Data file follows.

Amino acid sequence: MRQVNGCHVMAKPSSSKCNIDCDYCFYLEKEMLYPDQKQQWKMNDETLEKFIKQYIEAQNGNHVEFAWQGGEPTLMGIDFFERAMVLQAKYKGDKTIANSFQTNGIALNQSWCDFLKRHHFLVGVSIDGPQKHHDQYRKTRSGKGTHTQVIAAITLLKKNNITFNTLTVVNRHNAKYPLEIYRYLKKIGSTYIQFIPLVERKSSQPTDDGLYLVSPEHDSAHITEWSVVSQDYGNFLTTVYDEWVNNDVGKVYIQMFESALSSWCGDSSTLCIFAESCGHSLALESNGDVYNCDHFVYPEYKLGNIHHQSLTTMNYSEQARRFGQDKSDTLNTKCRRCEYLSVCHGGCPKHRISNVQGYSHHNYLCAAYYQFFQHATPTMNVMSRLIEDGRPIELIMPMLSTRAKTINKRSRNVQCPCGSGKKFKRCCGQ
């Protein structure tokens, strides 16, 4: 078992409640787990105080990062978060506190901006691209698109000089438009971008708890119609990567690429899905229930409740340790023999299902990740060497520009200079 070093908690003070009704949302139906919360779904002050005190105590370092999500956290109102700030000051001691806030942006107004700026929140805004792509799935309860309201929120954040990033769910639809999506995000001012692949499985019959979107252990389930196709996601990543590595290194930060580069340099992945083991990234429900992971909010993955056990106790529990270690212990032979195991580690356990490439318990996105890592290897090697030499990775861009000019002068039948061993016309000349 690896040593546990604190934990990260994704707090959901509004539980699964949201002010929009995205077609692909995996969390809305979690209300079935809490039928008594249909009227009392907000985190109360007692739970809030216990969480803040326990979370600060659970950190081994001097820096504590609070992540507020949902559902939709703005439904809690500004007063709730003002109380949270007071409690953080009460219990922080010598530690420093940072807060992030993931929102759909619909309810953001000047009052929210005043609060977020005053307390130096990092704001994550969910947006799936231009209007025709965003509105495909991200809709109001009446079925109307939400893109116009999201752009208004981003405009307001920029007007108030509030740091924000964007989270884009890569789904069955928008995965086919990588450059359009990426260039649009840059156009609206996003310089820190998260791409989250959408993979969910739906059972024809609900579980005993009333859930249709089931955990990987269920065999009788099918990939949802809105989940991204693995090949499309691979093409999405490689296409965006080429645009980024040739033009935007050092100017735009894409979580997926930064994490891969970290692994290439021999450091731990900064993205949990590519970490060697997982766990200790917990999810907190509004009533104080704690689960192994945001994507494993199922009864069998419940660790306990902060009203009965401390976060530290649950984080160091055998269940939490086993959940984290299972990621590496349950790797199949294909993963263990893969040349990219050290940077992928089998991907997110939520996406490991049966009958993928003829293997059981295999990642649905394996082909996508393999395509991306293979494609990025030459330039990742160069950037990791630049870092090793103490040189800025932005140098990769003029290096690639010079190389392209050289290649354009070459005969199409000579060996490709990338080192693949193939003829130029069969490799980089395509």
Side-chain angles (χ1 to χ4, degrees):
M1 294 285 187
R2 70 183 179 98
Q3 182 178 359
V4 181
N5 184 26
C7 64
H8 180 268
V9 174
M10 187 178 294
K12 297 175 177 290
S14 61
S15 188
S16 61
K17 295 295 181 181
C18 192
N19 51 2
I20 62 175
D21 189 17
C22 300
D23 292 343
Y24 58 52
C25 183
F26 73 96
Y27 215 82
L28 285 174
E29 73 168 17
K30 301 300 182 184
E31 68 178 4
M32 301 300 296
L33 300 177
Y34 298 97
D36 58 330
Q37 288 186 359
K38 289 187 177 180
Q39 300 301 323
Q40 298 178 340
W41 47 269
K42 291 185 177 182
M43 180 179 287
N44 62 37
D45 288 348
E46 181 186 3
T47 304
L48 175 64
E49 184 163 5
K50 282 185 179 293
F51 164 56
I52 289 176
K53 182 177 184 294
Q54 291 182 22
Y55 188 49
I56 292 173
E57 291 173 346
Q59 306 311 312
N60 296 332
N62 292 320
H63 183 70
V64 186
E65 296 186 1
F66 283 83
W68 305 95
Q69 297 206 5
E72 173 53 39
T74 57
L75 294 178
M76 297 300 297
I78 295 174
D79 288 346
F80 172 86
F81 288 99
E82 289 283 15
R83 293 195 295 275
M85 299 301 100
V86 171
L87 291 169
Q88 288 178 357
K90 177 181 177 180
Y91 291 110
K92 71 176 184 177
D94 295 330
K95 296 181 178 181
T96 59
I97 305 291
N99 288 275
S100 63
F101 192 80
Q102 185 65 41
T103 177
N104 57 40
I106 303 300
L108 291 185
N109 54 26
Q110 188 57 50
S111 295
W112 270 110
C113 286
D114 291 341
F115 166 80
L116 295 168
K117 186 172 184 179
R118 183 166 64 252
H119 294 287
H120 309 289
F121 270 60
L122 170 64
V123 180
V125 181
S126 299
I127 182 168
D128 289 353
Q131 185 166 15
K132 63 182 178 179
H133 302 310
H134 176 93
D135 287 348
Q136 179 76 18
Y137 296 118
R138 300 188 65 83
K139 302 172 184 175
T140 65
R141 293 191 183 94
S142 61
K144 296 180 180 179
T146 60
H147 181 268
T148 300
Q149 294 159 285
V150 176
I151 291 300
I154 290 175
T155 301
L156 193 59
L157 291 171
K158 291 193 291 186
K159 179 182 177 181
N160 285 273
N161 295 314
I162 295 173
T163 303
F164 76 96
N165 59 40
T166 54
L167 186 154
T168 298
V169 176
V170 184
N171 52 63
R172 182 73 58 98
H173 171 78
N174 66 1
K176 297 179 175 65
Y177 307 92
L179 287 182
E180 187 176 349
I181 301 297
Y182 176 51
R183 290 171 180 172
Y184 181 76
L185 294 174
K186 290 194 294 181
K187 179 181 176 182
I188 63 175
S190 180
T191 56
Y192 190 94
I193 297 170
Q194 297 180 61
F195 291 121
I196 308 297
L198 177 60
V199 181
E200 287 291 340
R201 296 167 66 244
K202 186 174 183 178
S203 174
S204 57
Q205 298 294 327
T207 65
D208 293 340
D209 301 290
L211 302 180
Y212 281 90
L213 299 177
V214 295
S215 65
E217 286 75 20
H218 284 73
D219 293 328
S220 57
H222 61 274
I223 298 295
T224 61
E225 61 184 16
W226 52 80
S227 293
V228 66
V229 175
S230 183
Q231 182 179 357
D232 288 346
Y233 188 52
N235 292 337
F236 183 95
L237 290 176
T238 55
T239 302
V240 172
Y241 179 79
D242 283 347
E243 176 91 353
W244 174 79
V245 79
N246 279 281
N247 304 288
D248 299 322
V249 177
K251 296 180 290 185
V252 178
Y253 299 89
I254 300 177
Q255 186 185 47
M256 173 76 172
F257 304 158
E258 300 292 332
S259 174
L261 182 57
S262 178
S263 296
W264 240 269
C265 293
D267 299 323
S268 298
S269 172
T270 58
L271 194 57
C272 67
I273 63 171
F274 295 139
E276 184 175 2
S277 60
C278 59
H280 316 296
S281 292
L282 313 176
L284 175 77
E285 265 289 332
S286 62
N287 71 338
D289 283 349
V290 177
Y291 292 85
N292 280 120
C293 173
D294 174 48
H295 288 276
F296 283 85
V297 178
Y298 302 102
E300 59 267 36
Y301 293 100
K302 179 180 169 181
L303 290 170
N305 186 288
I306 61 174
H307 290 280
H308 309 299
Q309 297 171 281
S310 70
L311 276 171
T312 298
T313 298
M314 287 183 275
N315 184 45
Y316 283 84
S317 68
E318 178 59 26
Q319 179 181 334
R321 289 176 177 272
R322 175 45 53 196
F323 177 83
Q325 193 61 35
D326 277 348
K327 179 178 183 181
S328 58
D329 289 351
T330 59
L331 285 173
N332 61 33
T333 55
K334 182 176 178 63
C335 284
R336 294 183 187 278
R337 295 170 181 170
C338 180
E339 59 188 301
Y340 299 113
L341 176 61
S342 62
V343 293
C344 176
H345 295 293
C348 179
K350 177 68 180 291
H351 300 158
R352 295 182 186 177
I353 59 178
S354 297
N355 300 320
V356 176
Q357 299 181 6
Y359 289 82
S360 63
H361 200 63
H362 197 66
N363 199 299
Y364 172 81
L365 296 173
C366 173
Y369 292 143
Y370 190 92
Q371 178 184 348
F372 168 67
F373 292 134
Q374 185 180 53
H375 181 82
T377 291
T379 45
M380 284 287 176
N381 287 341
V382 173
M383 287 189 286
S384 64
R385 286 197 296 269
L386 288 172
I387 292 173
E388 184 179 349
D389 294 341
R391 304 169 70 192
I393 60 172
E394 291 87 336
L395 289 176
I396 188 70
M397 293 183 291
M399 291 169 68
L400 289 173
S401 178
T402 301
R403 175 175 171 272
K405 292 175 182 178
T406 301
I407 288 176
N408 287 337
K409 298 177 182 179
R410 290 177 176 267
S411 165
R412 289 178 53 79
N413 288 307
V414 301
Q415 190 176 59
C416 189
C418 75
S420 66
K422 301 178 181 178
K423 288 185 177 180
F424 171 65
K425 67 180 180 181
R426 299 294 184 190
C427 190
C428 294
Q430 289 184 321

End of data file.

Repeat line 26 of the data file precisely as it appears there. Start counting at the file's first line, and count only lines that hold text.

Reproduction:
F26 73 96